"I was eighteen in 1987, and I'd just come home to do my A-levels because I'd taken a year out. That summer, I was trying to earn money through busking and bar work, and I heard a couple of Guns 'N' Roses songs on the Tommy Vance show. I remember going out and buying Appetite For Destruction on vinyl and utterly falling in love with it straight away. Which was strange for me because I'd been an indie kid, a Motown kid, a punk kid... I was into everything."
"But Appetite brought me back into the fold of hard rock. Even though there was a lot of hairspray, it quickly gave way to a kind of scuzzy street glamour. You realised there was something different about them. There was something malcontent about the whole thing, something sexy, and it just rolled with some kind of danger—it had a roll and a groove to it. "I was obsessed with the guitar at that point, obsessed with The Clash, or trying to get Steve Jones from the Sex Pistols' guitar sound. But then Appetite came along, and even though Slash is supremely unpassable technically, there was something to aspire to; there was a rough edge, a hangover from the Jimmy Page-esque style. There was an accessibility about Slash's playing that you could try to copy if you worked hard. When I think back to that summer of learning Appetite on guitar, I was gloriously happy to be listening to something that communicated to me in such visceral terms. It was probably one of the best times of my life."
"Production-wise its a very crafted record. Mike Clink was producing, and the drum sound is very strange. If you listen to the start of Rocket Queen, it's quite boomy, almost like the controlled essence of a canyon. And you can hear the interplay between lzzy and Slash —on something like Sweet Child Of Mine you can hear what Izzy's doing and what Slash is doing. "You can tell they were fighting against the Warrant Cherry Pie era that they were in—they wanted to reintroduce real rock'n'roll back into music. Of course, the engineering and production is very up to date with the 80s, but they moulded it into something quite authentic.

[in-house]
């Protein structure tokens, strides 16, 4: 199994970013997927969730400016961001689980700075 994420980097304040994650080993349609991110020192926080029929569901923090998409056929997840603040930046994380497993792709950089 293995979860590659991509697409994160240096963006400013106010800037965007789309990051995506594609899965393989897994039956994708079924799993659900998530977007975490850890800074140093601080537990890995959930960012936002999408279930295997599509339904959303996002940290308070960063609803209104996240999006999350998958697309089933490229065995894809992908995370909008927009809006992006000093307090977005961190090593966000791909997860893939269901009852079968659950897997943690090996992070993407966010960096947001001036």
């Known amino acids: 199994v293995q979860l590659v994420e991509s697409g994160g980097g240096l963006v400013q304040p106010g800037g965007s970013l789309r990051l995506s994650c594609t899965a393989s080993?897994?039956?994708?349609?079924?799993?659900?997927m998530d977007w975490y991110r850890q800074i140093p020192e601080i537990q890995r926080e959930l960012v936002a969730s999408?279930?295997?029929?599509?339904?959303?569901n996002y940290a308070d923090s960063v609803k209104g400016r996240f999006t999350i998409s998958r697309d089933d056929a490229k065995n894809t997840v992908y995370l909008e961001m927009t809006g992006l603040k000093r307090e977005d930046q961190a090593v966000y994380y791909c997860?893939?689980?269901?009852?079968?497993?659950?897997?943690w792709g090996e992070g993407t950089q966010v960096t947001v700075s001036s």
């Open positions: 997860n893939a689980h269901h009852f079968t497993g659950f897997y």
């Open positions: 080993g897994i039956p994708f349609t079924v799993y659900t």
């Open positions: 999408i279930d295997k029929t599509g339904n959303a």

"There were parts of [Manics' 1992 debut] Generation Terrorists where I tried to do Slash stuff: Condemned To Rock 'N' Roll has Slash on it. He was the new guitar god for me by that point."
"So I'd spent these years adoring Guns N' Roses, and then for our first American gig we were playing the Limelight in New York and Blind Melon were supporting us. He [singer Shannon Hoon] had a link-up with Guns N' Roses by then. We were on stage three hours late, and he suddenly said: "Oh, Slash is in the crowd." It was an awful gig. We were truly awful. As we went on, all we could see was Slash's top hat, and ! could see him leaving through the back entrance as we went on stage."
"These days ! listen to the album in the car, in the house. I dust down the vinyl once every three months or so. And it doesn't sound like an eighties record. They escaped that era of hair straight away. They went: 'Fuck that, we're fucked-up street urchins, we are rock'n'roll: They don't sound like any other band. It's just timeless."